ATHENS – Moving to tap its most available source – the sun – Greece is turning toward solar energy with the oil company Hellenic Petroleum getting 75 million euros ($88.62 million) in funding to build the country's largest renewable energy project.
The money, said the site Recharge, is coming from the European Bank for Reconstruction and Development (EBRD) for a project that will reach 204 megawatts, to be built in Kozani in northern Greece.
It will generate 350 gigawatt hours annually, enough to power 75,000 homes in a country that still relies on oil and coal despite abundance of sun hours. It's the biggest move into renewable sources by the company which plans to build 600 megawatt hours of clean energy projects by 2025.
Ironically, the solar plant will be in Greece's most coal-dependent region in Western Macedonia, near coal-fired plants being phased out in favor of renewable energy in the 21st Century.
To finance the project, Athens-listed Hellenic launched a bond issue to raise 100 million euros ($118.14 million) with 75 percent subsidized by the ERBD monies to get it going.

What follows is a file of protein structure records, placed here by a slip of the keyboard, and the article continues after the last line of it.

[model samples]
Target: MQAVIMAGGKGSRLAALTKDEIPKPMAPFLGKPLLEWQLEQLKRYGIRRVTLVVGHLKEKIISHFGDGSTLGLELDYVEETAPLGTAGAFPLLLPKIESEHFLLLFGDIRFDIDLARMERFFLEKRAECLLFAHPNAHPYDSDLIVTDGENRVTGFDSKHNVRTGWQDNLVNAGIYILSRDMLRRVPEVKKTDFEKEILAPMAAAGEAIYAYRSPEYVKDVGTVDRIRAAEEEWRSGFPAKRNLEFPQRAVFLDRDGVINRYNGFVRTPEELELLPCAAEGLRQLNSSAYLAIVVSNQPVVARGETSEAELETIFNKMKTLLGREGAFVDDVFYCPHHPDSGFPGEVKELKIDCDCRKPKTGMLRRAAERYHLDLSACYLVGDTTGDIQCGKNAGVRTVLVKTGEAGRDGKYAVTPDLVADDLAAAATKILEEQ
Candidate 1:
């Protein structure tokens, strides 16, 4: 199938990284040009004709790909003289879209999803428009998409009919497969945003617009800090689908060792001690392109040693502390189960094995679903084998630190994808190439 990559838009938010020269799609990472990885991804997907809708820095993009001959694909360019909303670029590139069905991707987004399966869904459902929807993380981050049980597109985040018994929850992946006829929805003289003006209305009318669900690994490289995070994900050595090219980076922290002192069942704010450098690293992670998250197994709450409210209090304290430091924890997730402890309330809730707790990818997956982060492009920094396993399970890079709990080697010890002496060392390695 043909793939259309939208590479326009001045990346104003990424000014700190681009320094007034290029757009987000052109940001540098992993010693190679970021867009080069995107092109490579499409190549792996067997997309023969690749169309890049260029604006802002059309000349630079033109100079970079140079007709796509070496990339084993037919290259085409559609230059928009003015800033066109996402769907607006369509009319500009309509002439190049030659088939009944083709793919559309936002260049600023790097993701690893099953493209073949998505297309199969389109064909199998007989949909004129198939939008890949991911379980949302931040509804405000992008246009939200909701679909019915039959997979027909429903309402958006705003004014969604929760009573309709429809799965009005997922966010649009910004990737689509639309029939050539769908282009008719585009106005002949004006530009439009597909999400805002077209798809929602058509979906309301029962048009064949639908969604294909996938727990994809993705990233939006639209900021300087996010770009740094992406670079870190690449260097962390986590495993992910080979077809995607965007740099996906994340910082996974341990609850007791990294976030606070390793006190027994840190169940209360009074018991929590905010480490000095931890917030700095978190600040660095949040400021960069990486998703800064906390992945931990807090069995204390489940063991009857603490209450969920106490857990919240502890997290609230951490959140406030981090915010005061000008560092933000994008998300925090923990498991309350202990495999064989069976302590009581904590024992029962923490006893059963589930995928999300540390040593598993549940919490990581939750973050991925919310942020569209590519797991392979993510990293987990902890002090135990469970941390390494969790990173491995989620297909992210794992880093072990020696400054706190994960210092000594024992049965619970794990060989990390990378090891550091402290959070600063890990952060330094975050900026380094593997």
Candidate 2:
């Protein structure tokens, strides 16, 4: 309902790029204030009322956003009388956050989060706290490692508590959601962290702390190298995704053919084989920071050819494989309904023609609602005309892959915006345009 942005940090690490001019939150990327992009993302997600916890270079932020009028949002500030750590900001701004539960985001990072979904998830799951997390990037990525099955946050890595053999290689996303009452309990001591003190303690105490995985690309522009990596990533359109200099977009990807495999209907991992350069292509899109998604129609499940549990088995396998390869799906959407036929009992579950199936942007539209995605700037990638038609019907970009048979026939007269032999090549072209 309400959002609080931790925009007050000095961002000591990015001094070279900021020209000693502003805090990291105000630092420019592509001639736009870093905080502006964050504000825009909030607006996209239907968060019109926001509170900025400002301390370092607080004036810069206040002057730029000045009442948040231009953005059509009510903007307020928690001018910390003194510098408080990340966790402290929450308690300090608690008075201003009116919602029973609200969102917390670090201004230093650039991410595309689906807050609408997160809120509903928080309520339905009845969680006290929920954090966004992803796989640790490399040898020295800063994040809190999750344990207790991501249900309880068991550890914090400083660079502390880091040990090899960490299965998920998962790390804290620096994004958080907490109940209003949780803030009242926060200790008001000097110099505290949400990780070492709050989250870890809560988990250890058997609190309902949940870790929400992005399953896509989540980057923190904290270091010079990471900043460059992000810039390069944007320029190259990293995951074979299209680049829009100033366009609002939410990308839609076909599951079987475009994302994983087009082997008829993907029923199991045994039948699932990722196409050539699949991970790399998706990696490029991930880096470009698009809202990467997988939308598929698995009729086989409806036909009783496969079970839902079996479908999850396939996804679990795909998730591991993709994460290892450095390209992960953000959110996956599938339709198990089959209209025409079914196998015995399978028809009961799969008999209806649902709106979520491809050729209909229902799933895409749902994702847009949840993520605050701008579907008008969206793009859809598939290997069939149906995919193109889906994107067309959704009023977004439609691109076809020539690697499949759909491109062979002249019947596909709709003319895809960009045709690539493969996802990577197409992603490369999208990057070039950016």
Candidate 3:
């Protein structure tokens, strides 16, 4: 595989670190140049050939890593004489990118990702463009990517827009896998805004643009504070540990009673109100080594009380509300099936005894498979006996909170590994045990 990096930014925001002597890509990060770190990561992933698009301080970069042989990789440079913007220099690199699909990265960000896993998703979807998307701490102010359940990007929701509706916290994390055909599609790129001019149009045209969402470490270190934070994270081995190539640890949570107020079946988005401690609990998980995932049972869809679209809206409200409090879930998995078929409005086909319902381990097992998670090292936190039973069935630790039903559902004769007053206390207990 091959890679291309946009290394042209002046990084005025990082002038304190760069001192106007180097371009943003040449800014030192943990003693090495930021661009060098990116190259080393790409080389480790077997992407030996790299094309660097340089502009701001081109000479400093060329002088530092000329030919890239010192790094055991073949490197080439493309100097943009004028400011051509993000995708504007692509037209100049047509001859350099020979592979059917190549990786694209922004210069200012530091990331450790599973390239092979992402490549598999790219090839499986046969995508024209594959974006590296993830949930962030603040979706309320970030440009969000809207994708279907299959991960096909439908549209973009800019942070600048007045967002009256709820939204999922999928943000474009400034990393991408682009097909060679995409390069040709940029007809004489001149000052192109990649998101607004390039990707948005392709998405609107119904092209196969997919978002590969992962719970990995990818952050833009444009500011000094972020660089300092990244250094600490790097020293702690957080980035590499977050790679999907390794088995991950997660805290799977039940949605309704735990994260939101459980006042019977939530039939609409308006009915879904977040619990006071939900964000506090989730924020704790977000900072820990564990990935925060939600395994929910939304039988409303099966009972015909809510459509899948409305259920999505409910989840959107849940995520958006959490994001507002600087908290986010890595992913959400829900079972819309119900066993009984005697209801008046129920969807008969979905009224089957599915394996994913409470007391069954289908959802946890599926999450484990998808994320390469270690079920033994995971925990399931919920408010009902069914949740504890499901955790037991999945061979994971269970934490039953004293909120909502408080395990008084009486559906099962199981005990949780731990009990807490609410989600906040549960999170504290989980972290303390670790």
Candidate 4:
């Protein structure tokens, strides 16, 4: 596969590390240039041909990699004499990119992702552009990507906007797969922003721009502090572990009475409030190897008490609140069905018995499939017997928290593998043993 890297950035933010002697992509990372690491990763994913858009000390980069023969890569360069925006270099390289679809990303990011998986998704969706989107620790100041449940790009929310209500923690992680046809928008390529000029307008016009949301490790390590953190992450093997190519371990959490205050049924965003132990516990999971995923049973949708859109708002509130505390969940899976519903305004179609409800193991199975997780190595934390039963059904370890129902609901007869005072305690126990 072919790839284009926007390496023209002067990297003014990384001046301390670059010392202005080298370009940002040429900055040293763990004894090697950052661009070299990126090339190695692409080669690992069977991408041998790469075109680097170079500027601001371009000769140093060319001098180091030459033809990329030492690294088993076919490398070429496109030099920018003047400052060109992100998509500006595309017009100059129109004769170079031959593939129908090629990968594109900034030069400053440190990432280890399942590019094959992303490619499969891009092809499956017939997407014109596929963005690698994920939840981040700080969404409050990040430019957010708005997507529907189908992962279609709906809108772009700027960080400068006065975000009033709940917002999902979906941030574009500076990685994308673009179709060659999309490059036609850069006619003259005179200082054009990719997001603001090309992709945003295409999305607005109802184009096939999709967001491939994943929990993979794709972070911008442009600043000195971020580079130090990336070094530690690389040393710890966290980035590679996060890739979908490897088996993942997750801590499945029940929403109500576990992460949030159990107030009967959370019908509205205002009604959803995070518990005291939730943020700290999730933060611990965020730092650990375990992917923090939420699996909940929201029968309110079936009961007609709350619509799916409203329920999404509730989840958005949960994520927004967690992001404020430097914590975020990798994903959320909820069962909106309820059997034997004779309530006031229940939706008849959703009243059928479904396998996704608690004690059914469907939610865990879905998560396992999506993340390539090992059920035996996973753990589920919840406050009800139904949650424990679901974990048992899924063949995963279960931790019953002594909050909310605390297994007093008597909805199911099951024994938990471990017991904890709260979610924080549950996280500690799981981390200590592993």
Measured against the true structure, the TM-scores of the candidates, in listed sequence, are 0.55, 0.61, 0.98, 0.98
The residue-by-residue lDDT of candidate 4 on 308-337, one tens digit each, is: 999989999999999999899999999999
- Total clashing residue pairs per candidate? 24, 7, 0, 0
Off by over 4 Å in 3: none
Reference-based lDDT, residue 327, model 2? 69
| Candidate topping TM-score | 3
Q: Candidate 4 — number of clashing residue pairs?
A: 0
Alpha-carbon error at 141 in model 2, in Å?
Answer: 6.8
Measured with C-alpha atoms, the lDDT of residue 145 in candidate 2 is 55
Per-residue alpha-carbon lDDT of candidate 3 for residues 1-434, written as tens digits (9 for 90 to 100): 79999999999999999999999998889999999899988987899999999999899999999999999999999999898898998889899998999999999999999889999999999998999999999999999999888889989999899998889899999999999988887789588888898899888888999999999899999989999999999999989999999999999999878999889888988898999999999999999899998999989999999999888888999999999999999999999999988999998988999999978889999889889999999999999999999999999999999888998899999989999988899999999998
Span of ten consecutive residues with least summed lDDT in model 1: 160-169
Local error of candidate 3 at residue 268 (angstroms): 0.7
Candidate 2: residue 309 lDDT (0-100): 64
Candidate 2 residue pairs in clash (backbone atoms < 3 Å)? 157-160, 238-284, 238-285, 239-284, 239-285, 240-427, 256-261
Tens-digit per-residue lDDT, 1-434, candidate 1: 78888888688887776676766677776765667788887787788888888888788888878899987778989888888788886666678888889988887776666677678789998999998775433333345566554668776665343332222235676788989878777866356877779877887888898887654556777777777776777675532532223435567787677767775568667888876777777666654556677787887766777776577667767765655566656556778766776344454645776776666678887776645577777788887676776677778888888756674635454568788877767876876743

“Greece has a very ambitious decarbonization plan and it will therefore need many projects of this scale to replace its existing lignite capacity,”Harry Boyd-Carpenter, EBRD’s head of energy for Europe, the Middle East and Africa told Recharge.
Greece plans to boost renewables to 35 percent of its energy consumption by 2030 from 19.7 percent this year, hoping to generate around 44 billion euros ($51.98 billion) in investments.
Hellenic said Kozani, which it bought from German developer Juwi in February, is in its final stage of licensing. Construction, expected to be 16 months, is expected to begin now so the project can be operational by the first quarter of 2022.
Kozani was the biggest winner in an April 2019 renewables auction staged by the Greek government, when it won almost half of the capacity on offer with a bid of 57.30 euros ($67.70) per megawatt hour.
“The Kozani project is our first big step towards building a material renewables portfolio in line with our strategy and our ambition to reduce our carbon footprint,” George Alexopoulos, member of Hellenic Petroleum’s Board said.